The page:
Before it began we fellows had a meeting, at which we unanimously decided to save Olya from Chaykhidzev at all costs, to save her even if it cost us the biggest scandal. After the meeting I rushed over to Lieutenant Yegorov’s estate, 20 kilometres from Green Scythe. I found him, but in what state did I find him! The lieutenant was as drunk as a skunk and was sleeping like a dead man. I woke him up, washed him, dressed him and, despite his kicking and cursing, drove himover to Green Scythe.
At ten o’clock the ball was in full swing. They were dancing in four rooms to the sound of two beautiful grand pianos. During intermissions a third piano played in the garden. Even the princess herself admired our fireworks. We set off fireworks in the garden, on the shore and far out in the sea in boats. On the roof of the castle multi-colored sparklers replaced each other and illuminated the entire area. Drinks were served in two buffets: one in the gazebo in the garden, the other in the house. The hero of the evening, apparently, was Chaykhidzev. With pink spots on his cheeks, with a sweating nose, squeezed into a tight tailcoat, he danced with Olya, smiled painfully and felt awkward. He danced and carefully watched his every step. He longed to show off at least something, but he had nothing at all to show off. Olya later told me that she’d been very sorry for the poor fellow that evening. He seemed pathetic to her. It was as if he’d had a premonition that they would take away his bride, about whom he used to think of during every lecture, while he was lying down and on waking up... When he looked at us his eyes were full of supplications. He foresaw strong and ruthless rivals in us.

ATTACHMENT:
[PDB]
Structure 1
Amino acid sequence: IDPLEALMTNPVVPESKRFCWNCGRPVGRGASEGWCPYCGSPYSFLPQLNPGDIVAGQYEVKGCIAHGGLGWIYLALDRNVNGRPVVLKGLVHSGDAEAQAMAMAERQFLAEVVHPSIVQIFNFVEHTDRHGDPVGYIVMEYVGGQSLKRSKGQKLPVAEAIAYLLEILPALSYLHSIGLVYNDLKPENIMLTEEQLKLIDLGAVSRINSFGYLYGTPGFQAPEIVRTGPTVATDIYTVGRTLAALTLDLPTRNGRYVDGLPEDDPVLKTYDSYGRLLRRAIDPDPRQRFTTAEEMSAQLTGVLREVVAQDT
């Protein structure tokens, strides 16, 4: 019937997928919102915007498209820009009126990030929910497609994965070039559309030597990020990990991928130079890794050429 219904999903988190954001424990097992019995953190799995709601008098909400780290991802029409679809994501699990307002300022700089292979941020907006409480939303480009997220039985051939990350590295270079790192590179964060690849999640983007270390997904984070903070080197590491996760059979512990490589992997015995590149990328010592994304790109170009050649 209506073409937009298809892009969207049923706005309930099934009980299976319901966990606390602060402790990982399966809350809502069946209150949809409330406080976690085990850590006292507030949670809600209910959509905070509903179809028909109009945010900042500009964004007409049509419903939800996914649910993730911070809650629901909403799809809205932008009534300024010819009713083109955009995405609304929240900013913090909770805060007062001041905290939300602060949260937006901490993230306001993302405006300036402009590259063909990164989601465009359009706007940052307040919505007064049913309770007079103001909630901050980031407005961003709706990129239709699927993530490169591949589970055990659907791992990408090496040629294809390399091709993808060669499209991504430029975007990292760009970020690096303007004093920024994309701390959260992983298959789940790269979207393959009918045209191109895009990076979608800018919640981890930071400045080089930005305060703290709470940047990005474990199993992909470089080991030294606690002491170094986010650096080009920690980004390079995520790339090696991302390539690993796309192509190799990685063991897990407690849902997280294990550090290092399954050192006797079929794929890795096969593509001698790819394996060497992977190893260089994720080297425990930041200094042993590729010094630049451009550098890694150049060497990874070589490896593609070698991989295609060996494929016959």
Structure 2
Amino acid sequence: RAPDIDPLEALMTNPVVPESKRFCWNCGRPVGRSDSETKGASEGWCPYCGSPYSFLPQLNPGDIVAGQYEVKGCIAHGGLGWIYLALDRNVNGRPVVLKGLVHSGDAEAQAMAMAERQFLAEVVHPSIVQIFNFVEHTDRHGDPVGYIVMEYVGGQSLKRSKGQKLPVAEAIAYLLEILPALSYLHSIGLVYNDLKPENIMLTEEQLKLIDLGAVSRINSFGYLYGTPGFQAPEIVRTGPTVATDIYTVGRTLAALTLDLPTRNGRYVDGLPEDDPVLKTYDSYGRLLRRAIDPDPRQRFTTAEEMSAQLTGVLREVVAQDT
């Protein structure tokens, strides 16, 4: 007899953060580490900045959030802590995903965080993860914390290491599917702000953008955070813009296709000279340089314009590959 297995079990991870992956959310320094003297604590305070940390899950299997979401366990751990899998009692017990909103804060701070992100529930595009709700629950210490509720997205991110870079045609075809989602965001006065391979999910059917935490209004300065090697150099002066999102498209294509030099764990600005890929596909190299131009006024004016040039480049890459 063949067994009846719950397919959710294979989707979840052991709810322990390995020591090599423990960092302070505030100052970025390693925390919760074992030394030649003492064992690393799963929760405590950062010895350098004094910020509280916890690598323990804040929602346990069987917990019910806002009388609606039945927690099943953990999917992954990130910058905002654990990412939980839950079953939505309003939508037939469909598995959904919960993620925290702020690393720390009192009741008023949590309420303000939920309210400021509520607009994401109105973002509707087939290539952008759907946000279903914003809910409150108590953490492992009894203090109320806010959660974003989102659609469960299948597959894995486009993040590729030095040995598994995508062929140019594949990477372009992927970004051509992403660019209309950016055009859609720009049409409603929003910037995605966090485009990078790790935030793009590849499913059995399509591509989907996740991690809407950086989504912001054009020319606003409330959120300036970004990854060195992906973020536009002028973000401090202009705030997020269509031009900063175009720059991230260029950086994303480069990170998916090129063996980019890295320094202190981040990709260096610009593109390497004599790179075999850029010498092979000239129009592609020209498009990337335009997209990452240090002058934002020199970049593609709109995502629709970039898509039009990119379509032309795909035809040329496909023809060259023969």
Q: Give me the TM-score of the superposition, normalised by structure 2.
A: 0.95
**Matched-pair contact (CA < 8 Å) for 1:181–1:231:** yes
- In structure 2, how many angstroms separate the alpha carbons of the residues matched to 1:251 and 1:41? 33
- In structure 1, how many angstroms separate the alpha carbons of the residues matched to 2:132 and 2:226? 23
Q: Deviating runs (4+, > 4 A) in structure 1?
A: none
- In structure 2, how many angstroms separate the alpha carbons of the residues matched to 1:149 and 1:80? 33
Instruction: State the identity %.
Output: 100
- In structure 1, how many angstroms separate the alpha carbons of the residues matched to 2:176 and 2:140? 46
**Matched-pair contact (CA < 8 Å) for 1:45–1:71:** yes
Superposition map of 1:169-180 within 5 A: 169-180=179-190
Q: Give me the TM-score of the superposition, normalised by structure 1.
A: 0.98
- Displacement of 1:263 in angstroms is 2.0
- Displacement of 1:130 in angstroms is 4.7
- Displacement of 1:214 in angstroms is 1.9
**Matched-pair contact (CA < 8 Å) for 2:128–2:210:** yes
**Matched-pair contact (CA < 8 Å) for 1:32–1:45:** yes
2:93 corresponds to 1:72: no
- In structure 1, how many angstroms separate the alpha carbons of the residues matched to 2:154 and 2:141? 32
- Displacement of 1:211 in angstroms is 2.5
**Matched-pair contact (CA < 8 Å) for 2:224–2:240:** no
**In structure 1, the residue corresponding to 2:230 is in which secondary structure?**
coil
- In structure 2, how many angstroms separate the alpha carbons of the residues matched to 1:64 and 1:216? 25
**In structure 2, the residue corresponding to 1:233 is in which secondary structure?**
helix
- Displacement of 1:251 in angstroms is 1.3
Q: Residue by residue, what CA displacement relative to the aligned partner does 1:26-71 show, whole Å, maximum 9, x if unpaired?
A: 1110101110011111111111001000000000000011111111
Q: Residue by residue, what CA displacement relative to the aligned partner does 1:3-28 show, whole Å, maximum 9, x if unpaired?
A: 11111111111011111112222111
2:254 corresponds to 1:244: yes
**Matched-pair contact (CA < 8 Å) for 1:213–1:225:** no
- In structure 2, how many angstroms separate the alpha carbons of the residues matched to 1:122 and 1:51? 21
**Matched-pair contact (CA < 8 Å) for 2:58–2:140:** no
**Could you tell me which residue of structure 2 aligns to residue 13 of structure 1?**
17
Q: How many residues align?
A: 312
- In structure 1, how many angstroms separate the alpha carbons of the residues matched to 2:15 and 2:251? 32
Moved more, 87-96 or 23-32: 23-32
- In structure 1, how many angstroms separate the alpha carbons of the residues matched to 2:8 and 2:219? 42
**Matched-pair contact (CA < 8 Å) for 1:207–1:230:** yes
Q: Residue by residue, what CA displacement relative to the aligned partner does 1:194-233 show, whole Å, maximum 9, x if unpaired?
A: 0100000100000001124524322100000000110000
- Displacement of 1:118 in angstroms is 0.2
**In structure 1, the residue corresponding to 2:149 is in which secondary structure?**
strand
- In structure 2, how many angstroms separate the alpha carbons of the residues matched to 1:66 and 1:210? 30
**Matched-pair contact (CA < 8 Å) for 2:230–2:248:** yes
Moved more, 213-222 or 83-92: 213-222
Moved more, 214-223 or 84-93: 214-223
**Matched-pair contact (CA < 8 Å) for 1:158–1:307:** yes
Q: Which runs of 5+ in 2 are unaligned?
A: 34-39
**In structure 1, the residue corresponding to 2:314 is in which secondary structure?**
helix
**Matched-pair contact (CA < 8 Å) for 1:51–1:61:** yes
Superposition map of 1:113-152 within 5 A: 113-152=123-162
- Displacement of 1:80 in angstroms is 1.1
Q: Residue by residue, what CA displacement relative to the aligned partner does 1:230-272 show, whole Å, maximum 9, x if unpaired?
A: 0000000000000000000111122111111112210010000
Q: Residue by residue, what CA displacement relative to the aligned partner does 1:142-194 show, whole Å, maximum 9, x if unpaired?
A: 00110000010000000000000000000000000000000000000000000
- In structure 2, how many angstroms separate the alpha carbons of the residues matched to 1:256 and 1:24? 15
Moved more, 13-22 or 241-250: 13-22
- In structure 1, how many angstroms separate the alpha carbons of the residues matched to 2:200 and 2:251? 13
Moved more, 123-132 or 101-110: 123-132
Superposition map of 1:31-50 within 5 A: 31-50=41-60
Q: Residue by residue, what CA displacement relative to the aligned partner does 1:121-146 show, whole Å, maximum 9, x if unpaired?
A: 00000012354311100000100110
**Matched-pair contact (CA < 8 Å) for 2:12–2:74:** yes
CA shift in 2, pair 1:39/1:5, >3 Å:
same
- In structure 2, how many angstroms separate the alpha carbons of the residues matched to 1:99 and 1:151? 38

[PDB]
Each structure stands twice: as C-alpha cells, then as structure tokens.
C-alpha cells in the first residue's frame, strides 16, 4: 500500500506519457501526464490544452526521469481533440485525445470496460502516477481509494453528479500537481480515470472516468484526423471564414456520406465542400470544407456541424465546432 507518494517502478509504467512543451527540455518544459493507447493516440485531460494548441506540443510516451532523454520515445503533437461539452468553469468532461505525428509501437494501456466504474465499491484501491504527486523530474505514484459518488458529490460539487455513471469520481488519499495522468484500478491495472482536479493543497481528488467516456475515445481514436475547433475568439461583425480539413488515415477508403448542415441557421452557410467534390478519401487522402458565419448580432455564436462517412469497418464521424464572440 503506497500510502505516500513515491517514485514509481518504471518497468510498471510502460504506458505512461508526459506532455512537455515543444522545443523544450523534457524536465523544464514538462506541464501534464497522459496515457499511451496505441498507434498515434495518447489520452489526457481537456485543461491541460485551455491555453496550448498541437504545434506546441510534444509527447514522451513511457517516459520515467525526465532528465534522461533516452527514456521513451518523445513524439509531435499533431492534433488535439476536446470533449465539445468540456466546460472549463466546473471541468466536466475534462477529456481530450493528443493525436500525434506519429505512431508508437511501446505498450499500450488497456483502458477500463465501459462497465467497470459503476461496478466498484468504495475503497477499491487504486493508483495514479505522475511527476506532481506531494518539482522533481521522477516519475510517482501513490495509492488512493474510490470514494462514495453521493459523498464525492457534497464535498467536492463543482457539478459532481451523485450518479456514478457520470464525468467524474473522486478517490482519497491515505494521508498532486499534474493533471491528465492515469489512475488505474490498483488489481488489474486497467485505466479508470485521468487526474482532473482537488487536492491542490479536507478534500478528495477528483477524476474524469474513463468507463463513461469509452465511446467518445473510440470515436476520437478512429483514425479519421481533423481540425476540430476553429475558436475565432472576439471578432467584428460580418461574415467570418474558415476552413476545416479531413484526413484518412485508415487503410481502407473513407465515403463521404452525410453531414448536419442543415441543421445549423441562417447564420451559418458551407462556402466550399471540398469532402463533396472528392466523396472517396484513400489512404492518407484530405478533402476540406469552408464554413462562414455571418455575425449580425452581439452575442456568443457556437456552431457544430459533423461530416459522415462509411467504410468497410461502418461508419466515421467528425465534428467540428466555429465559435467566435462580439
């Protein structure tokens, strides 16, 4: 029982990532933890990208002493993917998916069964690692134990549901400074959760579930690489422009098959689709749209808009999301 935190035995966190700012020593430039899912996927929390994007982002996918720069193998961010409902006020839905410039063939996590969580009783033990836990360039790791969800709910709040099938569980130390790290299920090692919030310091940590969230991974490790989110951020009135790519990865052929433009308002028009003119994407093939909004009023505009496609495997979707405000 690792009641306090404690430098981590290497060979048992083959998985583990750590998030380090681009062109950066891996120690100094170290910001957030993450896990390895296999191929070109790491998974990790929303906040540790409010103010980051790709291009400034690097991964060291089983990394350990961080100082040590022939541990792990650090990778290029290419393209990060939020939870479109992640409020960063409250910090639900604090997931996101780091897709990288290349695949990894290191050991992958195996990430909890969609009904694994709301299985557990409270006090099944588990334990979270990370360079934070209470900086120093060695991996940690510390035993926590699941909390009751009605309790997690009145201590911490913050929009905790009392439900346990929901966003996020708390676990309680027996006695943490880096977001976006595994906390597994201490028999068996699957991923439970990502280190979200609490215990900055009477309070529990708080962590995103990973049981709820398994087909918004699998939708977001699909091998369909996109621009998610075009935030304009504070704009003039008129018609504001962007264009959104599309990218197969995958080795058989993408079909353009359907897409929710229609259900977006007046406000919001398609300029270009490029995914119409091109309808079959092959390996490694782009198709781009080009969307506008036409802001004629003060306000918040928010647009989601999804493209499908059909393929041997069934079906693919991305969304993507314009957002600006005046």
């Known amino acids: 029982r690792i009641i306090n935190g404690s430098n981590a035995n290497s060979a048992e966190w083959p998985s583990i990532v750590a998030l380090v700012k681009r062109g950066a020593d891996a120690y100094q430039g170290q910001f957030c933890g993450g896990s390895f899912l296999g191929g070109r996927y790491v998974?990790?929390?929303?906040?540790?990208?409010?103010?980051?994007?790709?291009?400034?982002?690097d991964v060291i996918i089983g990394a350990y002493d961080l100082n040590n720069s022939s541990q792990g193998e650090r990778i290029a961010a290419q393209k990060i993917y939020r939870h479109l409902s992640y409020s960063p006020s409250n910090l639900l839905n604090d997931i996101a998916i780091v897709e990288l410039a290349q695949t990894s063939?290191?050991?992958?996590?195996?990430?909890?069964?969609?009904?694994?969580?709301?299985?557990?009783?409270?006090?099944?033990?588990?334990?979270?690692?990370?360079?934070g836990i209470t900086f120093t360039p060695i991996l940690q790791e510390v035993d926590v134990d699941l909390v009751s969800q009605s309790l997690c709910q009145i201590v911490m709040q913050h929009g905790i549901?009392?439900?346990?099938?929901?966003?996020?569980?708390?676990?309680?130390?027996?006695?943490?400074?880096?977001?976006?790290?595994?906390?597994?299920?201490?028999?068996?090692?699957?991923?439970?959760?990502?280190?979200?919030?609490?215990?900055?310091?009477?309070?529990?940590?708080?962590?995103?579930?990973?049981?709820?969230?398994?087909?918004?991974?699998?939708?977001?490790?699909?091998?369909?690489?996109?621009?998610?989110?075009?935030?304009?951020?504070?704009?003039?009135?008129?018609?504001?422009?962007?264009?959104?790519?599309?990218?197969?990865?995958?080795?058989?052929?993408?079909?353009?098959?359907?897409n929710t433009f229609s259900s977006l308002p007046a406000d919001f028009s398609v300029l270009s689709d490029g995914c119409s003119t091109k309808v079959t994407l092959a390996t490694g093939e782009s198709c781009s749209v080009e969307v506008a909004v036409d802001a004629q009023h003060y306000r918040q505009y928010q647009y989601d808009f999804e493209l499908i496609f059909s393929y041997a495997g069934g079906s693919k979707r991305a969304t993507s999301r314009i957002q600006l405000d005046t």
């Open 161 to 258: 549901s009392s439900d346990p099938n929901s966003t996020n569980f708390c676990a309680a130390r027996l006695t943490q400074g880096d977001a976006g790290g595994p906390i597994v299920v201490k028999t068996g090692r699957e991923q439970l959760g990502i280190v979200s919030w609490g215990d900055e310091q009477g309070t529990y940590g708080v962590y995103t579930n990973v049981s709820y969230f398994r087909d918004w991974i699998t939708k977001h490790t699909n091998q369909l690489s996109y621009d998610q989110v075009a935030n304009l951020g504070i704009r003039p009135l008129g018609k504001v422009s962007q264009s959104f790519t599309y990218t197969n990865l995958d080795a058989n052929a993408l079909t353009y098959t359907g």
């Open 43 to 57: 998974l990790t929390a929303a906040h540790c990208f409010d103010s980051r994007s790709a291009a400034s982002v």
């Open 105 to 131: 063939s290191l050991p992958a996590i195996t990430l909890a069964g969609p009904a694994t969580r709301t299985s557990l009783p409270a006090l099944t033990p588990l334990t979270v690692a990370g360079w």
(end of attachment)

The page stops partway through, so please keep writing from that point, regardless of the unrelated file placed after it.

By the princess’s glances at the clock and the setting out of tall glasses we concluded that the solemn official minute was approaching and that in all likelihood Chaykhidzev would be allowed to kiss Olya at 12 o’clock. It was necessary to act. At half-past eleven I put powder on my face to look pale, twisted my necktie to the side, and with a worried face and disheveled hair I went up to Olya.
“Olga Andreyevna,” I began, grabbing her hand, “for God’s sake!”
“For God’s sake... Don’t be afraid, Olga Andreevna... It couldn’t be otherwise. This was to be expected...”
“What’s the matter?”
“Don’t be alarmed... That... For God’s sake, my dear! Evgraf...”
“What about him?”
Olya turned pale and raised her big, gullible, friendly eyes...
“Evgraf’s dying...”
Olya staggered and ran her fingers along her pale forehead.
“What happened was what I expected,” I continued. “He’s dying... Save him, Olga Andreyevna!”
Olya grabbed my hand.
“He... he’s... Where?”
“Here in the garden, in the gazebo. It’s horrible, my dear! But... they’re looking at us. Let’s go out on the terrace... He doesn’t blame you... He knew that you were his...”
“What... what happened to him?”
“It’s bad, very bad!"
“Let’s go... I’ll go to him... I don’t want him, because of me, to... because of me...”
We went out on the terrace. Olya’s knees bent. I pretended to wipe away a tear... Pale, alarmed members of our gang with anxious, frightened faces ran past us all the time.
“The blood has stopped...” the Master of Physics whispered loudly to me so that Olga could hear.
“Let’s go!” whispered Olga and took my arm.
We went down the terrace... The night was quiet, bright... The sounds of the piano, the whisper of dark trees, the crackle of grasshoppers caressed the ear; the sea was quietly splashing below.
Olya could hardly walk... Her legs were bent and got tangled up in a heavy dress. She trembled and pressed herself fearfully on my shoulder.
“But it’s not my fault...” she whispered. “I swear to you that it’s not my fault! Papa was so pleased... He must understand that... Is it dangerous?”